My research interests bridge three areas of hematology/immunology: platelet biology, complement biology and coagulation biochemistry. I am particularly interested in the interfaces among these disciplines as outlined below. The regulation and activation of complement on platelets and model membra...
My research interests bridge three areas of hematology/immunology: platelet biology, complement biology and coagulation biochemistry. I am particularly interested in the interfaces among these disciplines as outlined below. The regulation and activation of complement on platelets and model membranes (liposomes). I am one of 4 investigators in Canada who are experts in complement. My interests focus on the regulation of complement activation on human platelets and liposomes; the latter are used as drug delivery vehicles, but also provide a model system. I have had a dedicated research effort into complement biology since I began my doctoral thesis research (CV publications #12 and #15). I identified a novel C3 receptor on human platelets (CV publication #28). Recently, we have focused on the interaction between the complement system and the coagulation system in the context of the antiphospholipid syndrome, finding novel interactions between the anticoagulant proteins, complement activators and antiphospholipid antibodies that may explain the hypercoagulable state induced by these autoantibodies. In the area of liposome research, I am well-known for our studies of the role of complement in liposome clearance (CV publications #21, 29, 31) and approaches to reduce this problem (CV publications #47, 51, 54) and have been invited to write two reviews on this subject. As a result, I am an active consultant in the area of complement-liposome interactions to both Canadian and US pharmaceutical companies.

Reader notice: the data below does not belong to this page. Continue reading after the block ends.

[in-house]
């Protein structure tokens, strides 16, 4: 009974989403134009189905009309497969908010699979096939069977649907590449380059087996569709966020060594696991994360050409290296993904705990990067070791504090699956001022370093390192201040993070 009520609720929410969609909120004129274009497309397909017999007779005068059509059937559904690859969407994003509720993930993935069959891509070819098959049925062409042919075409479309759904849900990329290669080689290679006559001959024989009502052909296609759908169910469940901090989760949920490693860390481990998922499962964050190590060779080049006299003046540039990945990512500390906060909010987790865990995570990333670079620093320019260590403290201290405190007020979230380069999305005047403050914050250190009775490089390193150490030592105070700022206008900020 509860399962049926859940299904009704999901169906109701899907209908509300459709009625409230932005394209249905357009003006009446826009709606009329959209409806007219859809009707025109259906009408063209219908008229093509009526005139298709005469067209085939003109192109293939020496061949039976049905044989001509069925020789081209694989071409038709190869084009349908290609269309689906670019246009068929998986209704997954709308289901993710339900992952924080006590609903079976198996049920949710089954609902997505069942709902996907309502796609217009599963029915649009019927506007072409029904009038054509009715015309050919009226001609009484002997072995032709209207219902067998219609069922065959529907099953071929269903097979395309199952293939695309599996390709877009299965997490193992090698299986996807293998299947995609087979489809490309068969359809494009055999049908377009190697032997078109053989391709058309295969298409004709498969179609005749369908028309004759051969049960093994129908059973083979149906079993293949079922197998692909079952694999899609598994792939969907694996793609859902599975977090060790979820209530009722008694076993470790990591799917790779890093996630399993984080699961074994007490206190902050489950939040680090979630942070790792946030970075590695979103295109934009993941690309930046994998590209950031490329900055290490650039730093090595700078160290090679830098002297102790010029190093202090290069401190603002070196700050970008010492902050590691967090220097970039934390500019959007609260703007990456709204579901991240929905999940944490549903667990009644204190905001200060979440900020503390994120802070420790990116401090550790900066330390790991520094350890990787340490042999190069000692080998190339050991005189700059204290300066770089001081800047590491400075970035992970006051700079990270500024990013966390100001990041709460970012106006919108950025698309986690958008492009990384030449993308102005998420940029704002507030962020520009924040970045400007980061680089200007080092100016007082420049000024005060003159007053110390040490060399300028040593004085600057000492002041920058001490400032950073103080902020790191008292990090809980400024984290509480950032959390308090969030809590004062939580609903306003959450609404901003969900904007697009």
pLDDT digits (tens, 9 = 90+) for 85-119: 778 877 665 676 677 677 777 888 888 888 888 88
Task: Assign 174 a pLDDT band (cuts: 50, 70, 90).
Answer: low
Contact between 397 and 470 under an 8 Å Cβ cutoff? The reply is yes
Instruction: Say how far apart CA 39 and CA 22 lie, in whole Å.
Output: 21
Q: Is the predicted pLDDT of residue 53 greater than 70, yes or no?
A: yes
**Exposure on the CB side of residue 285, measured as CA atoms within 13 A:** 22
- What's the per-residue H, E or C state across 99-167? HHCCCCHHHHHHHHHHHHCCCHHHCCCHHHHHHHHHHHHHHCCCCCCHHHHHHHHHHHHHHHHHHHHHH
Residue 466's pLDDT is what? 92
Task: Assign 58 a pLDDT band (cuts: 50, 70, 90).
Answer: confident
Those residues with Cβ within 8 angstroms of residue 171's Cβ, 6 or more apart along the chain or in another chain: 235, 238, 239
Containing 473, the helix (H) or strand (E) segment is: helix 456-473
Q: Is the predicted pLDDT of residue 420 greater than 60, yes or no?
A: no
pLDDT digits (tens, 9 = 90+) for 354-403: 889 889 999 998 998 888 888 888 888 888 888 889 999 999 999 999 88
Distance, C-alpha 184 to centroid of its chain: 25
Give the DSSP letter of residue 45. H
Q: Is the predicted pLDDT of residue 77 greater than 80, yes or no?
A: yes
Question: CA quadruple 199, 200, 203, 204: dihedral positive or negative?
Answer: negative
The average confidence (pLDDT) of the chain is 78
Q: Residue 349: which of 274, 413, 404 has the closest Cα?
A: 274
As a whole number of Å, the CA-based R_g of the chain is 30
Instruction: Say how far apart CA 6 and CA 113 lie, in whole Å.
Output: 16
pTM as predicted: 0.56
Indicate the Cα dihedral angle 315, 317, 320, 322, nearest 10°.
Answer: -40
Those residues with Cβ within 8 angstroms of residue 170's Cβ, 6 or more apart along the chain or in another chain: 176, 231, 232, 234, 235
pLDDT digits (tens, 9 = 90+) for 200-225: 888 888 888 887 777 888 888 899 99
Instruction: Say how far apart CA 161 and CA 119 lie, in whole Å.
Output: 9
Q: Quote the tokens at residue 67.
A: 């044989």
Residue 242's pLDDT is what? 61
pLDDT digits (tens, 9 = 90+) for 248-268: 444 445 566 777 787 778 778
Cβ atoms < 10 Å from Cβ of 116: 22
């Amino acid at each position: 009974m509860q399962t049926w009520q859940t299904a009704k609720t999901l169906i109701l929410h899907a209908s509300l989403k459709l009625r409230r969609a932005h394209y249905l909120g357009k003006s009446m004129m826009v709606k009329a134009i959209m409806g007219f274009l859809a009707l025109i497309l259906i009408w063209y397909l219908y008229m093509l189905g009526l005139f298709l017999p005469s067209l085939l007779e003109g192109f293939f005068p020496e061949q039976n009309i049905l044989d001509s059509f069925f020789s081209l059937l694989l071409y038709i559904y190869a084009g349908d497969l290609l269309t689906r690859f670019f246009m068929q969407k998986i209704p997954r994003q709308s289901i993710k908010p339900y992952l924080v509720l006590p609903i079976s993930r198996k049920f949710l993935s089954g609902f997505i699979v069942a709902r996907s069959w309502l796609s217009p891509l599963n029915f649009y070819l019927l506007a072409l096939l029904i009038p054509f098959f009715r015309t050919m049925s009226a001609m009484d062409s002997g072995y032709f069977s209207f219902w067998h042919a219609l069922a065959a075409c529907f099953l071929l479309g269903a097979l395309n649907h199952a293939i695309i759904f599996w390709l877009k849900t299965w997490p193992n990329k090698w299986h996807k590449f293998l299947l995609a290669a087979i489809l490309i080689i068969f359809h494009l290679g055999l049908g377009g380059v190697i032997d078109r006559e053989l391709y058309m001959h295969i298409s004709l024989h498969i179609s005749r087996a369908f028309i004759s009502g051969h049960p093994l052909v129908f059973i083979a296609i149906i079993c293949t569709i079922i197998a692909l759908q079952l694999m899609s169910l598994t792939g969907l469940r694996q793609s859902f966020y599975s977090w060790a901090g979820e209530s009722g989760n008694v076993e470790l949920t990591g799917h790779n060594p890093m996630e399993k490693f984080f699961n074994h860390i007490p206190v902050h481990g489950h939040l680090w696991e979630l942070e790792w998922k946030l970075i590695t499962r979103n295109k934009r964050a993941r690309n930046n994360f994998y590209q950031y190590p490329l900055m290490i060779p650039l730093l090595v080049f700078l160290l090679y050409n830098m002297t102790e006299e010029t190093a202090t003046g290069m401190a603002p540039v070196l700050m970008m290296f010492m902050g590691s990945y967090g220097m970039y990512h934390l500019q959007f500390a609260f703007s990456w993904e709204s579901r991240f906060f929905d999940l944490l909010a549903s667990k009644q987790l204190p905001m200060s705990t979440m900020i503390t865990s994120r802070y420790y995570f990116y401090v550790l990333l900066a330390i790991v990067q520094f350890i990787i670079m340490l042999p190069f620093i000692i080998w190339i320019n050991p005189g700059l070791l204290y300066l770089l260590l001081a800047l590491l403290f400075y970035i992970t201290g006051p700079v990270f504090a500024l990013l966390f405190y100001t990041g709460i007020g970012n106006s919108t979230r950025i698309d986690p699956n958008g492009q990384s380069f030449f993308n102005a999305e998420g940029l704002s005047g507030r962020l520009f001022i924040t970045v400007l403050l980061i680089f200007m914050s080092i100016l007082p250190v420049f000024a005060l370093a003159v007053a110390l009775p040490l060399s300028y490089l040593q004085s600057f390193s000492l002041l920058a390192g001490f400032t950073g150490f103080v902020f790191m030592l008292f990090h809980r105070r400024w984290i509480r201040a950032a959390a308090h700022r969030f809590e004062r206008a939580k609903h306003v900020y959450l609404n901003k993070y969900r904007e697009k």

Blood Research: Blood products research including the development of blood/platelet substitutes. I have successfully taken my interest in blood platelets and complement into the area of transfusion science, with particular emphasis on the phenomenon known as the platelet storage lesion (CV publications #30 and 36) and the development of improved storage conditions for blood products. I am interested in the development of new procedures for platelet storage (CV publication #55) and lead a well-funded research effort in this area. A longer term project has been working toward a “donor-free” platelet substitute that we have developed using our expertise in liposomes. While most of this research has not been published for intellectual property reasons, we have maintained a reasonable level of funding for this project, have published the first technical paper arising from this work (CV publication #45), and I have been invited to lecture on the general subject of platelet substitutes at several national meetings.
Fibrinolysis, especially fibrin D-dimer, and biochemistry of factor XIII. I have a long-standing interest in the biochemistry of blood clot stabilization and the proteolysis of clots, especially in the biochemistry of factor XIII and fibrin D-dimer. I have published several investigations of the use of fibrin D-dimer assays, including authoring or co-authoring the first clinical evaluations of this test (CV publications #7 and #10). I am considered to be an expert on fibrin D-dimer and have been invited to an international meeting to speak on this subject (ISTH 1995) and have provided consulting services to the diagnostics industry in this area. In the field of factor XIII research, my research group published the first paper on the use of platelet-associated factor XIIIa as a marker of in vivo platelet activation (CV publication #25) and the mechanism of the interaction (CV publication #27). One of my Ph.D. students has won a 1999 ISTH Young Investigator Merit Award for our recent work on the function of intracellular platelet factor XIII (thus far published only in abstract form).